In April 2012 the Jean Mayer USDA Human Nutrition Research Center on Aging at Tufts University hosted a symposium that gathered policy, aging, and nutrition experts to discuss population aging and urbanization. Jacob Kumaresan, executive director of the World Health Organization, welcomed attendees to this first ever World Health Day held at an academic institution. Topics included physiopathology of aging, economic consequences of aging in urban settings, diet and nutrition issues in older people, and health care access in urban settings. For more information, please see http://whd.hnrc.tufts.edu/index.html.
On June 7, 2012, Tufts University featured its first drug discovery and development seminar. Hosted by the Tufts Office for Technology Licensing and Industry Collaboration (OTL&IC), the interactive seminar featured talks by seven industry experts on development, regulatory, and commercial strategies. Participants learned about drug discovery and product development and had an opportunity to connect with colleagues from across the university and from industry. For more information, please see http://techtransfer.tufts.edu/news-events/drug-discovery-and-development-workshop.
The 2012 BIO International Convention took place June 18 to 21 at the Boston Convention and Exhibition Center. It hosted a record 25,291 partnering meetings and drew 16,505 industry leaders. The Tufts Office for Technology Licensing and Industry Collaboration (OTL&IC) exhibited at the new BIO Academic Zone, which highlighted the role of academia in the advancement of biotechnology, served as a pavilion for industry partnering meetings, and gave convention attendees the opportunity to start conversations that could lead to technology partnerships. Governor Deval Patrick stopped by the Tufts exhibit and told Nina Green, director of the OTL&IC, that he thought Tufts was a great example of a collaborative institution with a global reach. For more information, please see http://convention.bio.org/academic.
In September 2012, two research-related panel discussions were held on the Boston campus.
Tufts Medical Center hosted a panel discussion titled Surviving the Budget Cuts at NIH on current opportunities and changes in direction at NIH, as well as strategies for securing nontraditional research funding. Topics included “Understanding New NIH Priorities,” “Making the Most of Non-R01 NIH Opportunities (SBIRs, STTRs, R03/R21s, P01s, Supplements),” “Industrial-Academic Partnerships,” “How to Attract Industrial Contract Work,” and “Wooing Philanthropy.” For more information on these topics or to view a video of the discussion, please contact Linden Hu, vice-chairman for faculty development, Department of Medicine, Tufts Medical Center, at email@example.com.
The second panel discussion was a session of the Boston AAPLS (Applicants and Administrators Preaward Luncheon Series) titled NIH Reviewer Panel. The AAPLS is offered by the Tufts University offices of Proposal Development and Research Administration in coordination with the Jean Mayer USDA Human Nutrition Research Center on Aging on the Boston campus and the schools of Arts & Sciences and Engineering on the Medford/Somerville campus. The panel consisted of five researchers from Tufts University and Tufts Medical Center with broad experience as reviewers of NIH grant applications. The discussion was moderated by Amy Gantt, director of the Office of Proposal Development. The panel offered insights into the review process as well as tips on preparing a competitive proposal. For more information, please see http://viceprovost.tufts.edu/researchadmin/training-and-seminars/aapls.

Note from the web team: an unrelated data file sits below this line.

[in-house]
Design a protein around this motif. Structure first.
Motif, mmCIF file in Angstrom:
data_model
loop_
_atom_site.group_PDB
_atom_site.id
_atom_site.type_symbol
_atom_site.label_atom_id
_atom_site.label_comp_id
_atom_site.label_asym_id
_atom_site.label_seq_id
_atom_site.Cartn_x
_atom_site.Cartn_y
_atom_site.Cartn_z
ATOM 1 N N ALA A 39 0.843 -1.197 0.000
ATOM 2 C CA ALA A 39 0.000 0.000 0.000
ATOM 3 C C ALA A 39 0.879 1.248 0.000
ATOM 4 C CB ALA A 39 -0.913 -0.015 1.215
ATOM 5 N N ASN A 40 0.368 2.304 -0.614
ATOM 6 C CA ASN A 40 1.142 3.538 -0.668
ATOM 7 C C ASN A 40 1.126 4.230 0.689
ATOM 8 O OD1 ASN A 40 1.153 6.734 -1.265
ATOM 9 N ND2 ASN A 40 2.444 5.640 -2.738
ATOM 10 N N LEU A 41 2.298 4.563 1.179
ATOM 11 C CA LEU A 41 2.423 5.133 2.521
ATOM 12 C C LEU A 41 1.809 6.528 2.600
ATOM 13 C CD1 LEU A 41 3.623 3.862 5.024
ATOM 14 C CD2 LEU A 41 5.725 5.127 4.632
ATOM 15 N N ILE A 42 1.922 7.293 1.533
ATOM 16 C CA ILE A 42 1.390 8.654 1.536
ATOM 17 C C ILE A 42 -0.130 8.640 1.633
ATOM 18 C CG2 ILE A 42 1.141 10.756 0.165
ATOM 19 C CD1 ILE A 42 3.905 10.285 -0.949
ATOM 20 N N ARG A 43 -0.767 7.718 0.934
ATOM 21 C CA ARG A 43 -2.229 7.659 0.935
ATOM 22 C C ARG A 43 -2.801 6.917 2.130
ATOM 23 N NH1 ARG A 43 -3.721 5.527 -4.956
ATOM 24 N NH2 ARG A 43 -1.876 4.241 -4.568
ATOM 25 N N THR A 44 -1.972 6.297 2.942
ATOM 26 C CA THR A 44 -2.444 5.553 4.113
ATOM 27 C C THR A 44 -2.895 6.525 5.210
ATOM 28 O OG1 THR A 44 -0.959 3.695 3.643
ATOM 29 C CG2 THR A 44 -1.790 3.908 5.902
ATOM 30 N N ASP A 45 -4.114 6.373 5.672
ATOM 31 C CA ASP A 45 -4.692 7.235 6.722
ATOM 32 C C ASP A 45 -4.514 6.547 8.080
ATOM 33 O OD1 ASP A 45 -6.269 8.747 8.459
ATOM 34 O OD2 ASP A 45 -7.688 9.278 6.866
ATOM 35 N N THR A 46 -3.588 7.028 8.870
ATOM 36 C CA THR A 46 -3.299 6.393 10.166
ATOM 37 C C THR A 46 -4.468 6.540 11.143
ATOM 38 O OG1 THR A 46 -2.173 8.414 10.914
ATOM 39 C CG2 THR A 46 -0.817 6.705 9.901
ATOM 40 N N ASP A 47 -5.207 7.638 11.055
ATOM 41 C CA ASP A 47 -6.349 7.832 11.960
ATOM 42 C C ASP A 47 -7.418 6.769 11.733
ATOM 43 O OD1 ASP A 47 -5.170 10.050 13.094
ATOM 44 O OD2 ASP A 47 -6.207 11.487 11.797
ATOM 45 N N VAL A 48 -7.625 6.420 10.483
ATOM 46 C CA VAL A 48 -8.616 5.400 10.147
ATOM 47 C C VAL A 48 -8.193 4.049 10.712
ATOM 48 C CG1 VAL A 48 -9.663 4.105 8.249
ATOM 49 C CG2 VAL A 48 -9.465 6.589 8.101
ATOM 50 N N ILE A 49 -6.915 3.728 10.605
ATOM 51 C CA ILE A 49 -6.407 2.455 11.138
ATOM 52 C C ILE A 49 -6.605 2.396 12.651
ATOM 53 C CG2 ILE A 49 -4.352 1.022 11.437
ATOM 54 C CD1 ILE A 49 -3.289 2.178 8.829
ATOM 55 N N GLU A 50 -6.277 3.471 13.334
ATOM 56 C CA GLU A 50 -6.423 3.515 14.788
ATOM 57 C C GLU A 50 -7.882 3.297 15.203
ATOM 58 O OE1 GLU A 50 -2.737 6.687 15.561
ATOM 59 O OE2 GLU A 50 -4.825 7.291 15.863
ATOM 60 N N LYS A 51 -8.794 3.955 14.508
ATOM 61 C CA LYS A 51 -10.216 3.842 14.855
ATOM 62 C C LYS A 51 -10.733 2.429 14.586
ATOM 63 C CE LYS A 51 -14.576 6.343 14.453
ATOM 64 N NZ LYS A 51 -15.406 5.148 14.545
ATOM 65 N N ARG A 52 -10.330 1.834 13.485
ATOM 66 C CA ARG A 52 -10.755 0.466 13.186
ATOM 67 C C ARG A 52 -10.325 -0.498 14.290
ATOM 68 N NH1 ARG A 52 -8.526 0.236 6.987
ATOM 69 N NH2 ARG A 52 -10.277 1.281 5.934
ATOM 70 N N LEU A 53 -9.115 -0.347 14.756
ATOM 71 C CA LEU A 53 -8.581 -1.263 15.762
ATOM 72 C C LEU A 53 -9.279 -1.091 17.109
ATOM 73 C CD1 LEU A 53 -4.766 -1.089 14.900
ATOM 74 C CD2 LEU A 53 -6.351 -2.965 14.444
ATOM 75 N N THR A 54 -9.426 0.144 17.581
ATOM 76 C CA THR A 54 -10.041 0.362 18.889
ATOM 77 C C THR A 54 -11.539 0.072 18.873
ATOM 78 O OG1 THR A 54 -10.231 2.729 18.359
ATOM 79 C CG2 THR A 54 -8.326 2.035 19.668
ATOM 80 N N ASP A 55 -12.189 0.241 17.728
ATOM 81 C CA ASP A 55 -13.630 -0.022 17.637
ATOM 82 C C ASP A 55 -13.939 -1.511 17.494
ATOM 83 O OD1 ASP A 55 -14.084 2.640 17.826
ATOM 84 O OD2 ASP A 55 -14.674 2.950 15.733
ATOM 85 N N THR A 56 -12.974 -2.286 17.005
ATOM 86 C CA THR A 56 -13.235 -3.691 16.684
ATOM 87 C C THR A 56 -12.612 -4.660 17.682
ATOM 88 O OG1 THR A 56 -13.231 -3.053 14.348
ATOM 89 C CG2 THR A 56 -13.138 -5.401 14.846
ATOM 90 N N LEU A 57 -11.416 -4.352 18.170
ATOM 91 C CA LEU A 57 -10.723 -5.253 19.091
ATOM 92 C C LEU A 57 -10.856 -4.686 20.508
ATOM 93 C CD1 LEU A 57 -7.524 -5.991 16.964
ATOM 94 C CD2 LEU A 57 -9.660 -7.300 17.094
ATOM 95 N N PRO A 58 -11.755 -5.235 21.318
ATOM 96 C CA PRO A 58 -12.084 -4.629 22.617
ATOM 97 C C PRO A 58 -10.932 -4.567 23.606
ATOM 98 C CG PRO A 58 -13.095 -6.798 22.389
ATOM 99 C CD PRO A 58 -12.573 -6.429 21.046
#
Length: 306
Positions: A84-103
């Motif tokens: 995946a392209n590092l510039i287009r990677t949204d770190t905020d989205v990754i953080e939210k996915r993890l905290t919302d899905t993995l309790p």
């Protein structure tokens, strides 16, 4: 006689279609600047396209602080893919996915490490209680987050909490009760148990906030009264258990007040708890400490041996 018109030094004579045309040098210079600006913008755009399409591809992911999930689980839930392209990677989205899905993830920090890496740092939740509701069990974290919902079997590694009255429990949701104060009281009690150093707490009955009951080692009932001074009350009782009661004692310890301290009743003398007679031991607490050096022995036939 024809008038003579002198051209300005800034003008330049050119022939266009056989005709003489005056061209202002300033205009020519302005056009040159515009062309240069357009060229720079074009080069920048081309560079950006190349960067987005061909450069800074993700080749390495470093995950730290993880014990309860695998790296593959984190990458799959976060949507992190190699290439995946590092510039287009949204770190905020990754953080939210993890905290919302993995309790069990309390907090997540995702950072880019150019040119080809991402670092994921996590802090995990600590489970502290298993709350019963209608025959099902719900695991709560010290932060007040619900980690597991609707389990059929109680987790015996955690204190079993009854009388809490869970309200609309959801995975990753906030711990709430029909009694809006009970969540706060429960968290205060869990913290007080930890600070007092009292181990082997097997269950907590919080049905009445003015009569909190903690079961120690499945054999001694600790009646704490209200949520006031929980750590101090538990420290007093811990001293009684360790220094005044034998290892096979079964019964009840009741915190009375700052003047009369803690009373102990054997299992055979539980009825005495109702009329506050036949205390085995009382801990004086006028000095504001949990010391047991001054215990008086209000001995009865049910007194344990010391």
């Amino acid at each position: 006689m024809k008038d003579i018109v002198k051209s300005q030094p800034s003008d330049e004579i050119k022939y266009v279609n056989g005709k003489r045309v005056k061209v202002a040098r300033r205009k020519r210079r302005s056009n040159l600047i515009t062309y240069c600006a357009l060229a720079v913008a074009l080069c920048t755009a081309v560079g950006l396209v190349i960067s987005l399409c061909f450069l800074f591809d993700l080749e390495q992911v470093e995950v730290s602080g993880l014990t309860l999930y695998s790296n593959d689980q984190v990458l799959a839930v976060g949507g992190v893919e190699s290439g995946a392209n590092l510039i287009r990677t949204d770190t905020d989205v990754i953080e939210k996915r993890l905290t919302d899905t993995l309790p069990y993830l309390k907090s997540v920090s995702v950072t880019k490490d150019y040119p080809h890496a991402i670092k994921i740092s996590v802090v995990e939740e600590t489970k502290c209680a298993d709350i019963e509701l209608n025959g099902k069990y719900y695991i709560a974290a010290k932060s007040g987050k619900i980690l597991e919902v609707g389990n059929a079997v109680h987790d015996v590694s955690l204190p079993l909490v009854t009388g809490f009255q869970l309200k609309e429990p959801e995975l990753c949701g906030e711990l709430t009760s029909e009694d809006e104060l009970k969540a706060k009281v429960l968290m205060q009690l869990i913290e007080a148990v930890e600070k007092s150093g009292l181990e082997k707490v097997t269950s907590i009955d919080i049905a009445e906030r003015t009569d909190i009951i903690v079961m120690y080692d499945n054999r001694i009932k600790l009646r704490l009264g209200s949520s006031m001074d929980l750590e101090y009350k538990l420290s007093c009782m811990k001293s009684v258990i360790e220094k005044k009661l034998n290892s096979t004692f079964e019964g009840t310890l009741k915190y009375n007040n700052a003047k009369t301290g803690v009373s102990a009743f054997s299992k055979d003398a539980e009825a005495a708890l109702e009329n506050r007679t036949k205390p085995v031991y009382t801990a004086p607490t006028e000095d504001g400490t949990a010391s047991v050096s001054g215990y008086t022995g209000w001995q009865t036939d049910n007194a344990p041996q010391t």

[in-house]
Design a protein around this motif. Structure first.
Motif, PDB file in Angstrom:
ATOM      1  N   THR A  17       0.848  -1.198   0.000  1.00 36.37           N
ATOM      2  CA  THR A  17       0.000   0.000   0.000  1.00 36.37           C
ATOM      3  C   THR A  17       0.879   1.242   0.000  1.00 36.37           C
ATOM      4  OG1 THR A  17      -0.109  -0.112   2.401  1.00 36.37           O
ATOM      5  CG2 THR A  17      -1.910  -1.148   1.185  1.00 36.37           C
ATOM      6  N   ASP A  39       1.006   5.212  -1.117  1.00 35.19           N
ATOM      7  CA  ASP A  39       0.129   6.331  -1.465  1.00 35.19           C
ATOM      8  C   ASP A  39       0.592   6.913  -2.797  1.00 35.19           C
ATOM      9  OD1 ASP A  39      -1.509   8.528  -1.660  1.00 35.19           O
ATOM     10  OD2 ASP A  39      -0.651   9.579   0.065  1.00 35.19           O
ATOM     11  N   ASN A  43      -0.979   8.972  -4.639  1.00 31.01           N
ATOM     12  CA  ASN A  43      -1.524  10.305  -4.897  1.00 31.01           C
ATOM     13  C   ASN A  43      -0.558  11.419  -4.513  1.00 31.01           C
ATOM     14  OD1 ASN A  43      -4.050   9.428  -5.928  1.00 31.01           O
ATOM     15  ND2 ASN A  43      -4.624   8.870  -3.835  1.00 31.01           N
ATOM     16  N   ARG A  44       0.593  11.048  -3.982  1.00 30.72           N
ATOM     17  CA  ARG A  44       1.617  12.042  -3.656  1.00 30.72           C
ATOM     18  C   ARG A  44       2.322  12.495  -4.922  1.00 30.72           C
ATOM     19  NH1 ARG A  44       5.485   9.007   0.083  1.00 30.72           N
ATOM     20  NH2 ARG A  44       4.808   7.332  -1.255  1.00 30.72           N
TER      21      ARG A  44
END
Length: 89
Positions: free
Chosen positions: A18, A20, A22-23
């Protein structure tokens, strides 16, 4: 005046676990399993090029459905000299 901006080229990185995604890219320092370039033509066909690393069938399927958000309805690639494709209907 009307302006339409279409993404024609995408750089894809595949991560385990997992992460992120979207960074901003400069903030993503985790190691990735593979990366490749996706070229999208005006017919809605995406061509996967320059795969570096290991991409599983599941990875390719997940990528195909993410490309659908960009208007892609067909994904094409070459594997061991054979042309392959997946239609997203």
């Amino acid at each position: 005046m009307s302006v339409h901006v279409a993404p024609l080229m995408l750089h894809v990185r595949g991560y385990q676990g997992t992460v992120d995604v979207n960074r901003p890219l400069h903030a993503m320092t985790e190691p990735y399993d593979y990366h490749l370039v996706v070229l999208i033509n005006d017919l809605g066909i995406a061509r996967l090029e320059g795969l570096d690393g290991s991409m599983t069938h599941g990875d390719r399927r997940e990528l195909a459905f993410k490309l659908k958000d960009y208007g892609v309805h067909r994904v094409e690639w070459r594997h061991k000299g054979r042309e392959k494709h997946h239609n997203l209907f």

Tips offered by panelists and attendees of both panel discussions can be found on the Office of Proposal Development website under Additional Resources: General Grantsmanship Advice: Strategies for Securing Research Funding.
In March 2013, the Office of the Vice Provost for Research and the Office of the Senior Vice President for University Relations welcomed Lewis-Burke Associates to the Tufts University campuses to discuss best practices for highlighting research and addressing concerns regarding extramural federal funding. Lewis-Burke Associates is a full-service government relations firm specializing in advocating for the public policy interests of institutions of higher education and other research and education organizations. They offer a comprehensive approach to managing the relationships between research institutions and the Federal government, including grant funding agencies, and they provide guidance towards current and future Federal research funding opportunities.
The visits featured introductions from four Lewis-Burke Associates staff members. Sessions focused on new faculty, neuroscience initiatives, translational research, patient-centered outcomes research, community health outreach, funding agency priorities, interdisciplinary research, center grants, economic development, infrastructure, and public-private partnerships.